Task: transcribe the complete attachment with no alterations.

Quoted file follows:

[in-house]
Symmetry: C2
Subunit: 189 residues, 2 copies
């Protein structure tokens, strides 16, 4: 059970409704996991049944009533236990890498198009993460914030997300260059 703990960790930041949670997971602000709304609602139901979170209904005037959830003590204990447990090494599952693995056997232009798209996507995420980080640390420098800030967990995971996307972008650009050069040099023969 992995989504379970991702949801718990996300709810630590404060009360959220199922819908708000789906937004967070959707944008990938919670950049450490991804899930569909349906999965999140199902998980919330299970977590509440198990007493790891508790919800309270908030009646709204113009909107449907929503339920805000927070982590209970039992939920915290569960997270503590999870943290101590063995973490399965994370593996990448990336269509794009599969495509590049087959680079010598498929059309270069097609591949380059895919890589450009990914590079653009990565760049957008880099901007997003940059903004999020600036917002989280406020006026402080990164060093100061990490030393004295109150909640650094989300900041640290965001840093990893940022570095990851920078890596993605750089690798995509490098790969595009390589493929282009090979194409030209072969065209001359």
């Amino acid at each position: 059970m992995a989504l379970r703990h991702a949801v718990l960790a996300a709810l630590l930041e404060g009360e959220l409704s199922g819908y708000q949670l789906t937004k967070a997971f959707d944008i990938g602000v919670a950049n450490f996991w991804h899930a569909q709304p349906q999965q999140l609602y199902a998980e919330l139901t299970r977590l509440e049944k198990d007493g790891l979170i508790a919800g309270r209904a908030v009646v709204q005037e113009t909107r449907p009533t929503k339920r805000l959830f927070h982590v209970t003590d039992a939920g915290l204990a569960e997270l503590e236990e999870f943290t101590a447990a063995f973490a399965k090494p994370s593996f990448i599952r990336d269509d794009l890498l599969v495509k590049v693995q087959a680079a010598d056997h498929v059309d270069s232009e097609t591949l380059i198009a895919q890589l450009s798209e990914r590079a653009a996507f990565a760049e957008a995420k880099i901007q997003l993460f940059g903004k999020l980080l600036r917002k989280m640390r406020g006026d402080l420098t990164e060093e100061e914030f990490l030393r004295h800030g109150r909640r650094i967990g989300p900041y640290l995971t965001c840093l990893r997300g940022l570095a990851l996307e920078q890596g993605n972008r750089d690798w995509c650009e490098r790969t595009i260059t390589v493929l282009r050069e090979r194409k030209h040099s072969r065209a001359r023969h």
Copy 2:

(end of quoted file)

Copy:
[in-house]
Symmetry: C2
Subunit: 189 residues, 2 copies
């Protein structure tokens, strides 16, 4: 059970409704996991049944009533236990890498198009993460914030997300260059 703990960790930041949670997971602000709304609602139901979170209904005037959830003590204990447990090494599952693995056997232009798209996507995420980080640390420098800030967990995971996307972008650009050069040099023969 992995989504379970991702949801718990996300709810630590404060009360959220199922819908708000789906937004967070959707944008990938919670950049450490991804899930569909349906999965999140199902998980919330299970977590509440198990007493790891508790919800309270908030009646709204113009909107449907929503339920805000927070982590209970039992939920915290569960997270503590999870943290101590063995973490399965994370593996990448990336269509794009599969495509590049087959680079010598498929059309270069097609591949380059895919890589450009990914590079653009990565760049957008880099901007997003940059903004999020600036917002989280406020006026402080990164060093100061990490030393004295109150909640650094989300900041640290965001840093990893940022570095990851920078890596993605750089690798995509490098790969595009390589493929282009090979194409030209072969065209001359």
């Amino acid at each position: 059970m992995a989504l379970r703990h991702a949801v718990l960790a996300a709810l630590l930041e404060g009360e959220l409704s199922g819908y708000q949670l789906t937004k967070a997971f959707d944008i990938g602000v919670a950049n450490f996991w991804h899930a569909q709304p349906q999965q999140l609602y199902a998980e919330l139901t299970r977590l509440e049944k198990d007493g790891l979170i508790a919800g309270r209904a908030v009646v709204q005037e113009t909107r449907p009533t929503k339920r805000l959830f927070h982590v209970t003590d039992a939920g915290l204990a569960e997270l503590e236990e999870f943290t101590a447990a063995f973490a399965k090494p994370s593996f990448i599952r990336d269509d794009l890498l599969v495509k590049v693995q087959a680079a010598d056997h498929v059309d270069s232009e097609t591949l380059i198009a895919q890589l450009s798209e990914r590079a653009a996507f990565a760049e957008a995420k880099i901007q997003l993460f940059g903004k999020l980080l600036r917002k989280m640390r406020g006026d402080l420098t990164e060093e100061e914030f990490l030393r004295h800030g109150r909640r650094i967990g989300p900041y640290l995971t965001c840093l990893r997300g940022l570095a990851l996307e920078q890596g993605n972008r750089d690798w995509c650009e490098r790969t595009i260059t390589v493929l282009r050069e090979r194409k030209h040099s072969r065209a001359r023969h």
Copy 2: